It might not surprise you that during my career as a physician I’ve caused a few tolerant patients and families to think, “Where in the world is my surgeon?” But you may be surprised to learn that many heart surgeons really do travel all over the world to provide free cardiovascular care to those patients who have no other options.
“Where in the world is my surgeon?”
If you’re reading this, you or a loved one may have a heart problem that requires surgical treatment. Let’s imagine that it’s your daughter, around 5 years old, who seems to get winded and tired a little easier while playing. She isn’t eating much or gaining weight. Your pediatrician hears a murmur and tests confirm a hole in her heart. Your doctor writes down the recommended treatment: an operation to close the defect. You immediately start to research different surgeons, hospitals, locations, and insurance coverage to choose the best option for you and your daughter.
Now imagine that you live in a part of Africa where there is no heart surgeon in the entire country. In fact, there’s no heart surgeon in the surrounding border countries. Perhaps you could fly with your daughter to another part of the world, but it would cost more than a year’s salary to do so, and you would surely lose your job while being away. This means that you couldn’t provide for the rest of your family due to the cost of her operation. So your doctor writes down his recommendation for the only treatment available to you and your daughter: prayer.
This is a real scenario in many developing countries and something that’s hard for many of us to even imagine. To put this problem in perspective, in Germany there is one heart surgeon for every 80,000 people. In China, there is one heart surgeon for every 208,000 people. In West Africa, there is one heart surgeon for every 26.5 million people.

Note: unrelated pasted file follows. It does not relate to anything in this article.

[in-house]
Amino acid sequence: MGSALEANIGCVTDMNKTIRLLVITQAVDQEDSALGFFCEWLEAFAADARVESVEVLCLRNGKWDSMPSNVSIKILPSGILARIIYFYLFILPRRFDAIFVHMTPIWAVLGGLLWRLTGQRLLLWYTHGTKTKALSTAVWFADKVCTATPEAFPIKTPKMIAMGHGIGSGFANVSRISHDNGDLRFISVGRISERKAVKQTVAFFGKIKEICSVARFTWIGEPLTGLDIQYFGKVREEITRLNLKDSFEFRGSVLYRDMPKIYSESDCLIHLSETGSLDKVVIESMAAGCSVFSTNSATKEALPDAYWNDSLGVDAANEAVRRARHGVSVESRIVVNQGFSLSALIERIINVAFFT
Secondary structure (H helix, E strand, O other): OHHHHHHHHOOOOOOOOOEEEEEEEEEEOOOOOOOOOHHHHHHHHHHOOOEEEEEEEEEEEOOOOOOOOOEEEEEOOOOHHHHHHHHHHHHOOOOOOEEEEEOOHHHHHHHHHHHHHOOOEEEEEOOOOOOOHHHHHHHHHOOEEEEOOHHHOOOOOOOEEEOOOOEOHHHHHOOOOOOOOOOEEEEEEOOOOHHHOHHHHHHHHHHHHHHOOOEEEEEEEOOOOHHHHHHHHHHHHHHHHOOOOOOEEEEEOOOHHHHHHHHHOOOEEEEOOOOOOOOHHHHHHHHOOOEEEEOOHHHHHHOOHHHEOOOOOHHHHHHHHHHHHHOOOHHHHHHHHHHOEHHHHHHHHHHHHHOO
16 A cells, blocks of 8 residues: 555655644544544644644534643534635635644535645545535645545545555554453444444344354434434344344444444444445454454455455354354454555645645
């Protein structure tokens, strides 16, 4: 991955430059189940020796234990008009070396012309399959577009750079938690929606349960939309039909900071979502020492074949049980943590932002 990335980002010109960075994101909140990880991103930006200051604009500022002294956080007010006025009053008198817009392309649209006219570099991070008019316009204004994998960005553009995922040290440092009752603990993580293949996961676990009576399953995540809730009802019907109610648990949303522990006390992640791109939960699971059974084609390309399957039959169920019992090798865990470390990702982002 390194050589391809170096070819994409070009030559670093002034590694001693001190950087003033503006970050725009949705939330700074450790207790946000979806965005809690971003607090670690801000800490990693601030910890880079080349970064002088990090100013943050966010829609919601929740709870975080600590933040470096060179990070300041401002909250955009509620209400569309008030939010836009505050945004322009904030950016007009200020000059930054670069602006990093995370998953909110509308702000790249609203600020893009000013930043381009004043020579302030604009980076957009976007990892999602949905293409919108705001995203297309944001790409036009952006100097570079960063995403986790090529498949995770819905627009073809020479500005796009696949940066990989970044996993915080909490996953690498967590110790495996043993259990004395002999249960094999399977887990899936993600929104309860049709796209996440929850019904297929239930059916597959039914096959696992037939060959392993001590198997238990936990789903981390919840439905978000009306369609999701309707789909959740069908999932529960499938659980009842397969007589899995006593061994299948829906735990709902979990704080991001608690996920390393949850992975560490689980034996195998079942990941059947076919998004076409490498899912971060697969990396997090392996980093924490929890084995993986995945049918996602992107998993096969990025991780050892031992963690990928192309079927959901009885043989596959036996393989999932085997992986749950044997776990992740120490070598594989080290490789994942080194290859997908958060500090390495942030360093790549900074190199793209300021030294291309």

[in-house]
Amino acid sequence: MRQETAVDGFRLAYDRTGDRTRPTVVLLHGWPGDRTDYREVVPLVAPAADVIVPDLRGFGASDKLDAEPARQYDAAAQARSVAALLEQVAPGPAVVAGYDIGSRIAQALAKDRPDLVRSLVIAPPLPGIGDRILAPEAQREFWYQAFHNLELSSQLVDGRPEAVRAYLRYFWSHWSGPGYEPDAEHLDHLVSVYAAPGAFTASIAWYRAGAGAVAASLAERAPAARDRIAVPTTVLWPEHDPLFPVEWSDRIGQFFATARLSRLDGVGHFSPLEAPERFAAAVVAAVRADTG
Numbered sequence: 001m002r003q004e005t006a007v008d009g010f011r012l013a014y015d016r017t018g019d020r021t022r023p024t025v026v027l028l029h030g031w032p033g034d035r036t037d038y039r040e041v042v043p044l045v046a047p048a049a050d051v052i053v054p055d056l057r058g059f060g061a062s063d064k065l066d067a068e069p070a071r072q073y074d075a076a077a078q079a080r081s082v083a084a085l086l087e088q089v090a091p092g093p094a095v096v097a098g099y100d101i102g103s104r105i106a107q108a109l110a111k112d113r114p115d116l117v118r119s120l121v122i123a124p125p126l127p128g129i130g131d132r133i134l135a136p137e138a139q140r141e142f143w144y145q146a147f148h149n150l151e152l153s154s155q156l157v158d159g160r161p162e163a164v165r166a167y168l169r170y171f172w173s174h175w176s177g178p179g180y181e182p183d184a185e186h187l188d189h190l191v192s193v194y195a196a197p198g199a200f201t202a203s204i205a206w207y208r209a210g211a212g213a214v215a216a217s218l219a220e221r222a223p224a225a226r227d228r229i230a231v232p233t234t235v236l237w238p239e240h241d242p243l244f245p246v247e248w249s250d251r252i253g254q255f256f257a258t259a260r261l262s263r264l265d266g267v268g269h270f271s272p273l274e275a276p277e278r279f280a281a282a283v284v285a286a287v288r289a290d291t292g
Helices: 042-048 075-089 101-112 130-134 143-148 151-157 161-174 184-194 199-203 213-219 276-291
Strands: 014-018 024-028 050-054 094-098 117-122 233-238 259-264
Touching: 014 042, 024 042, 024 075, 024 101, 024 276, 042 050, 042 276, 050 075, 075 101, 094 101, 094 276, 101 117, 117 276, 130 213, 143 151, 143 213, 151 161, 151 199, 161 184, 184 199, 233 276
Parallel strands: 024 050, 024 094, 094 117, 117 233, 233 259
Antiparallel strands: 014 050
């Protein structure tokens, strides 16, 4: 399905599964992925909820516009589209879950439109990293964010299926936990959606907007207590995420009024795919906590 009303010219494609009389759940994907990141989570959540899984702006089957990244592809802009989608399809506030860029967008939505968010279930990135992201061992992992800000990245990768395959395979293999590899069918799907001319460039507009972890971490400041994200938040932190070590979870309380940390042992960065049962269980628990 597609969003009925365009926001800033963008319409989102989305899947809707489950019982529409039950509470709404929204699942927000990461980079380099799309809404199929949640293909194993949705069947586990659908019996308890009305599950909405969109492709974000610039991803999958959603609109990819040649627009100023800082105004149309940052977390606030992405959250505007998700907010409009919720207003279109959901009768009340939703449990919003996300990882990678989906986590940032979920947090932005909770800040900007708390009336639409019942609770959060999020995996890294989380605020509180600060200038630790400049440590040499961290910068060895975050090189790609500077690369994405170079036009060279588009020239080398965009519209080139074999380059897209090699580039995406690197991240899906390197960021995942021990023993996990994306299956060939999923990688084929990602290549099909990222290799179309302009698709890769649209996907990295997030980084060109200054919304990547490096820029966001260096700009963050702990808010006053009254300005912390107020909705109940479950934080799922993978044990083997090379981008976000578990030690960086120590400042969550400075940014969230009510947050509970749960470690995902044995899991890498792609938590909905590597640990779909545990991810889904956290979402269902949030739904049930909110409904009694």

There are members of The Society of Thoracic Surgeons who take this to heart and donate their time and skills in the places where the need is the greatest. Some spend a few weeks a year providing free heart surgery in developing countries; others split their time between charitable mission work overseas and a practice in their native country. There are still others who have made it their career focus by spending all of their professional time in a country where they can serve those less fortunate with their skills and altruism.
Regardless of how much time is donated, the mission is the same: first, to treat the countless children and adults who have no options for heart surgery where they live. Second, and equally important, is to assist the local staff in training a team that can provide this care independently to serve their community. Many nonprofit organizations commit several years of recurrent visits to a location to develop it toward this self-sustaining goal. After all, as the proverb goes: Give a man a fish, and you feed him for a day. Teach a man to fish, and you feed him for a lifetime.
Give a man a fish, and you feed him for a day. Teach a man to fish, and you feed him for a lifetime.
We all become frustrated at times when navigating our health care system proves challenging or when the options available to us seem limited. It always helps me to remember that there are some places in this world where there are no options. I respect and admire all of those who come together to improve surgical care for that 5-year-old girl and her family, whether she is here or around the world.
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The opinions expressed in this article are those of the author and do not necessarily reflect the views of The Society of Thoracic Surgeons.